Thorough assessment generally includes both objective and subjective sources of data. The residents in the treatment group who used hand lotion anecdotally described a feeling of tightness in the skin of their hands, although objective signs of flaking, scaling, redness, or cracking were undetectable. The subjective symptoms were relieved with lotion use. In future studies, the systematic collection of subjective data may be useful. It would be interesting to evaluate if subjective sensations correlate with subsequent objective changes. Additionally, because flaking and scaling were the only two subconcepts contributing to significant differences, consideration should be given to modifying the SCDF by deleting the measurements of redness and cracking. A shorter version of the tool may encourage staff to perform the skin assessment as a standard of practice. With this modified version, the assessment process would be more expethent and a consequential time saving would occur in terms of scoring the tool. Further studies to correlate the incidence of dry skin to pressure ulcer development are also necessary, as prevention can be a cost-effective measure. Additional recommendations include cost analyses that review actual costs and potential savings via prevention in various settings.

NURSING PRACTICE IMPLICATIONS

As the population ages, new products or specific interventions that could benefit this population need to be explored. The aging process impacts all body systems including the skin. The effects on skin condition can be dramatic. The findings from this project identify outcomes that may be beneficial to the skin quality of this population. The commercially available bathing system evaluated in this study promoted skin integrity in this population and was easy and convenient to use. The Bag Bath/Travel Bath was used for all bathing needs of participating residents, including perineal care with incontinent episodes. Although nursing staff commented positively on the product, procedure, and outcomes, most comments were related to less perineal redness and convenience. For patient comfort, the bags may be warmed in the microwave. However, bathing is effective if used at room temperature. If warming, care must be taken not to overheat the bag to prevent accidental burns. Institutional policies should be followed regarding the use of a microwave to heat any product that comes in contact with patient's skin.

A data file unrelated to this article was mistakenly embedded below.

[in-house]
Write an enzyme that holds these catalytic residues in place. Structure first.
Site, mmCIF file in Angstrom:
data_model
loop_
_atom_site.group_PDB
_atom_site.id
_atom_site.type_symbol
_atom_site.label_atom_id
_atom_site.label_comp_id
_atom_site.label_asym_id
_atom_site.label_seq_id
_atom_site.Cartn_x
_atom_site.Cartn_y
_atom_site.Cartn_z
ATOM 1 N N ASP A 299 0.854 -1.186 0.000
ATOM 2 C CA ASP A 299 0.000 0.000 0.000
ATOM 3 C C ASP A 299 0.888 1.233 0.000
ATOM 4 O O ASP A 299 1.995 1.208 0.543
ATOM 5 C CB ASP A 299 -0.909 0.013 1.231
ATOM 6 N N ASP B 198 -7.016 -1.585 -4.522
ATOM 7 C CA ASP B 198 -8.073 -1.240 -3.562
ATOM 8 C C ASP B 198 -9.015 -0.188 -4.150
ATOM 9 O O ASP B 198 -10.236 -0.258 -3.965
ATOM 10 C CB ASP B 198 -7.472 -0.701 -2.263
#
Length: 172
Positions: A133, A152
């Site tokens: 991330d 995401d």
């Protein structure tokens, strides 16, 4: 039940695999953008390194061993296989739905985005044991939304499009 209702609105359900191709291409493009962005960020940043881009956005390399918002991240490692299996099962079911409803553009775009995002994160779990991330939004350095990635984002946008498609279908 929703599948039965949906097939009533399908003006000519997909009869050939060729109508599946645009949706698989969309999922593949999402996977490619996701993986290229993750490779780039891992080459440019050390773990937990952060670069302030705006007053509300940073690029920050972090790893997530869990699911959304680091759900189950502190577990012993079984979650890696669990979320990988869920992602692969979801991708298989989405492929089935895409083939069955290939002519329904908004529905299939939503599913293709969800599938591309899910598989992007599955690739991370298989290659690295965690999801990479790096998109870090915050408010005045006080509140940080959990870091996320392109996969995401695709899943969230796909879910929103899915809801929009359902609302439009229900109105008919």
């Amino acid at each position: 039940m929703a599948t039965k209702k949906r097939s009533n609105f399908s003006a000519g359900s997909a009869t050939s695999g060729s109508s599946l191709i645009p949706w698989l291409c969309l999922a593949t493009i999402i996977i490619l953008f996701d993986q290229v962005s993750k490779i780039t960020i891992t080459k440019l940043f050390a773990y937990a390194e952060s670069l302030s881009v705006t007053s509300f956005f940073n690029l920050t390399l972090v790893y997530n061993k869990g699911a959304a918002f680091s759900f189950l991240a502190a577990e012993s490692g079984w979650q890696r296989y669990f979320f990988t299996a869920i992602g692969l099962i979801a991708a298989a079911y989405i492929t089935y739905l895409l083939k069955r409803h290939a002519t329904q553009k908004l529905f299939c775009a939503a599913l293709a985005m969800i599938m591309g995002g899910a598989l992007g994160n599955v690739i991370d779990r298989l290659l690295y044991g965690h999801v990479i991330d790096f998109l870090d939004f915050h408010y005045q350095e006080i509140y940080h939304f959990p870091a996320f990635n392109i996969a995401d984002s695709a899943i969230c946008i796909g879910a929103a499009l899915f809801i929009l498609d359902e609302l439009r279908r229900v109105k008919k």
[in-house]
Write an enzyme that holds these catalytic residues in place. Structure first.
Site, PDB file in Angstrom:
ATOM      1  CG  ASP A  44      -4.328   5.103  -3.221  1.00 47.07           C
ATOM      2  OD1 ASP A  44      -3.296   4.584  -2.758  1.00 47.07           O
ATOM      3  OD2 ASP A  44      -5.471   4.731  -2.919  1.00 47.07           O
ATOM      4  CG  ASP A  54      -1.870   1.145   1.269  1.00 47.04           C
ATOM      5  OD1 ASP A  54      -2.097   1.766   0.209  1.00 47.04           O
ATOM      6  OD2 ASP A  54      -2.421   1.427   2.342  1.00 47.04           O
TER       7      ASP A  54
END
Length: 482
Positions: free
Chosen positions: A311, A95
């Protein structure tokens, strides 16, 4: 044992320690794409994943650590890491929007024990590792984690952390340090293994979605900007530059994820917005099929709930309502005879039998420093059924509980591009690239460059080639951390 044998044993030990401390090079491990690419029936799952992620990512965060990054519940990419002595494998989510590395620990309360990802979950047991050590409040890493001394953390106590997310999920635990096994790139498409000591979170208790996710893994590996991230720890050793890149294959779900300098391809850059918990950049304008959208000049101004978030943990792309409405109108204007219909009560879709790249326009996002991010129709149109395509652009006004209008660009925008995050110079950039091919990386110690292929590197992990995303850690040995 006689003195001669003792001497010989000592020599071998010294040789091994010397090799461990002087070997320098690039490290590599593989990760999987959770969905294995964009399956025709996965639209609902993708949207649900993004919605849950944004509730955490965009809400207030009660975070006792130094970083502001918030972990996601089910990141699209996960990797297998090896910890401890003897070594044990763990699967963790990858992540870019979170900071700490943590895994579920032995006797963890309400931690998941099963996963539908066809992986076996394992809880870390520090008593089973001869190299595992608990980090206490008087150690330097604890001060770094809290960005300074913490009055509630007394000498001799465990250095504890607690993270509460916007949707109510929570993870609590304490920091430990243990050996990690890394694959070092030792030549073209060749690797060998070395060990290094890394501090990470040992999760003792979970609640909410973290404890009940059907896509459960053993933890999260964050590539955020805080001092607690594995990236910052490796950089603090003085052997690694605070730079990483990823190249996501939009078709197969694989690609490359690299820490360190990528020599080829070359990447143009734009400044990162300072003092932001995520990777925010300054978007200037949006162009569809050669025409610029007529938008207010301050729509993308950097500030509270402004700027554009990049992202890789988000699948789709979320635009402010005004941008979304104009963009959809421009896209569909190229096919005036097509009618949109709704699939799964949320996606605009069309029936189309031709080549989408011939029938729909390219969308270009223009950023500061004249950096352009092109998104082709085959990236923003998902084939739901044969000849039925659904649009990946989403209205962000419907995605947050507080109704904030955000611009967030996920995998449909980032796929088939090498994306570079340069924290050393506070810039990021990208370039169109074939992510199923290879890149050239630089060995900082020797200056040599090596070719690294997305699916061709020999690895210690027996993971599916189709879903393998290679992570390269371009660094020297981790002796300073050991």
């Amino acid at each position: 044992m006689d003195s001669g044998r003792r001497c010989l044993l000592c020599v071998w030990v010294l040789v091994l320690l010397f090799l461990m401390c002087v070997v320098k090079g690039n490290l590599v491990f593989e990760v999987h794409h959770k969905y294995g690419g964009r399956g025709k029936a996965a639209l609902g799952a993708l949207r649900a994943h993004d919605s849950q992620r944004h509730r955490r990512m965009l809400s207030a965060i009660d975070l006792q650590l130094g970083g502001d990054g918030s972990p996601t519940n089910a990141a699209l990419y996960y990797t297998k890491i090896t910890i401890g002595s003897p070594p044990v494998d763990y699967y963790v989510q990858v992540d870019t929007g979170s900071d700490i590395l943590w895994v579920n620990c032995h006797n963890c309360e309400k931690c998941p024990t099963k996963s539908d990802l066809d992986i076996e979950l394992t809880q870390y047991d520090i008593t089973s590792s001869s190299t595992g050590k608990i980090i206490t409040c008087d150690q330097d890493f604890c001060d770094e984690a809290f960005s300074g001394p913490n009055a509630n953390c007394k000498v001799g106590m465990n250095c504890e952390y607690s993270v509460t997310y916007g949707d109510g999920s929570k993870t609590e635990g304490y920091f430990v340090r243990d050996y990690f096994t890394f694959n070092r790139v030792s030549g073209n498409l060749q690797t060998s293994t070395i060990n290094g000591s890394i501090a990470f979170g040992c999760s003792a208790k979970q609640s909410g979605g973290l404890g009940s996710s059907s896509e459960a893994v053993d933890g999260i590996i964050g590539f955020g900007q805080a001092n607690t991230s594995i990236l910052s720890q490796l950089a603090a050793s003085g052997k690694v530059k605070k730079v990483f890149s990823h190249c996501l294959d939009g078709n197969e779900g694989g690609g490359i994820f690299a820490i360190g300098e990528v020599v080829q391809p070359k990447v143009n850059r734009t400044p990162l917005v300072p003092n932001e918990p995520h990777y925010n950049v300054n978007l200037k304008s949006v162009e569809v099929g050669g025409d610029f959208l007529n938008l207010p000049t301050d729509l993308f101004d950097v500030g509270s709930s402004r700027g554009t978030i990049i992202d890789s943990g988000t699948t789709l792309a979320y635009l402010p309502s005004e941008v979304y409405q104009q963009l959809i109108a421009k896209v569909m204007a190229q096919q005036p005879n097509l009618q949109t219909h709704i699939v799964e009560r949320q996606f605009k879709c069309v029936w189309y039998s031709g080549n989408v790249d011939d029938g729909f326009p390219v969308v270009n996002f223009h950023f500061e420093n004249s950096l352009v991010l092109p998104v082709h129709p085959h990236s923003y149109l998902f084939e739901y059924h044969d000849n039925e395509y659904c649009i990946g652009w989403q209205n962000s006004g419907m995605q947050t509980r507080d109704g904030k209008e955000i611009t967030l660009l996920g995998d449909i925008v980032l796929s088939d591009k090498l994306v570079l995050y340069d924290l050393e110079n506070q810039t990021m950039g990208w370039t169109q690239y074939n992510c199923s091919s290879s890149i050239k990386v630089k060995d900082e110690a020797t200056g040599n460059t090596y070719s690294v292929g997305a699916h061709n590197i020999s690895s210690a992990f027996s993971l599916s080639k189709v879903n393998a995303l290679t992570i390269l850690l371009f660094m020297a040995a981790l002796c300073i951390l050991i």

Findings from this study can enhance nurses' abilities to decrease skin complications by effectively preventing and treating dry skin. Rigorous and independent product evaluation facilitates informed selection of new products based on objective data. The Bag Bath/Travel Bath offers an exciting evidencebased option to meet the skin care needs of the elderly population.

REFERENCES

  • Carruth, A., Ricks, D., & Pullen, P. (1995). Bag baths: An alternative to the bed bath. Nursing Management, 26(9), 75-78.
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  • Guralnik, J., Harris, T, White, L., & Cornoni-Huntley, J. (1988). Occurrence and predictors of pressure sores in the national health and nutrition examination survey follow-up./oMrrw/o/tAe American Geriatrics Society, 36, 807-818.
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  • Hardy, M. (1996). What can you do about your patient's dry skin? Journal of Gerontological Nursing, 22(8), 10-53.
  • Hogstel, M. (1983). Skin care for the aged. Journal of Gerontological Nursing, 9, 431437.
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  • Rader, J. (1994). To bathe or not to bathe: That is the question. Journal of Gerontological Nursing, 20(9), 53-54.
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  • Timby, B. K. (1996). Fundamental skills and concepts in patient care (6th ed.). Philadelphia: Lippincott.
  • U.S. Department of Health and Human Services. (1992). Pressure ulcers in adults: Prediction and prevention. (AHCPR Publication No. 92-0047). Rockville, MD: Author.
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TABLE 1

SAMPLE CHARACTERISTICS

TABLE 2

TEMPERATURE AND HUMIDITY MEASUREMENTS

TABLE 3

MEAN TOTAL SKIN CONDITION DATA FORM SCORES

TABLE 4

SKIN CONDITION DATA FORM SUBSCALES BETWEEN GROUPS

TABLE 5

SUMMARY OF SATISFACTION QUESTIONNAIRES

10.3928/0098-9134-20001001-08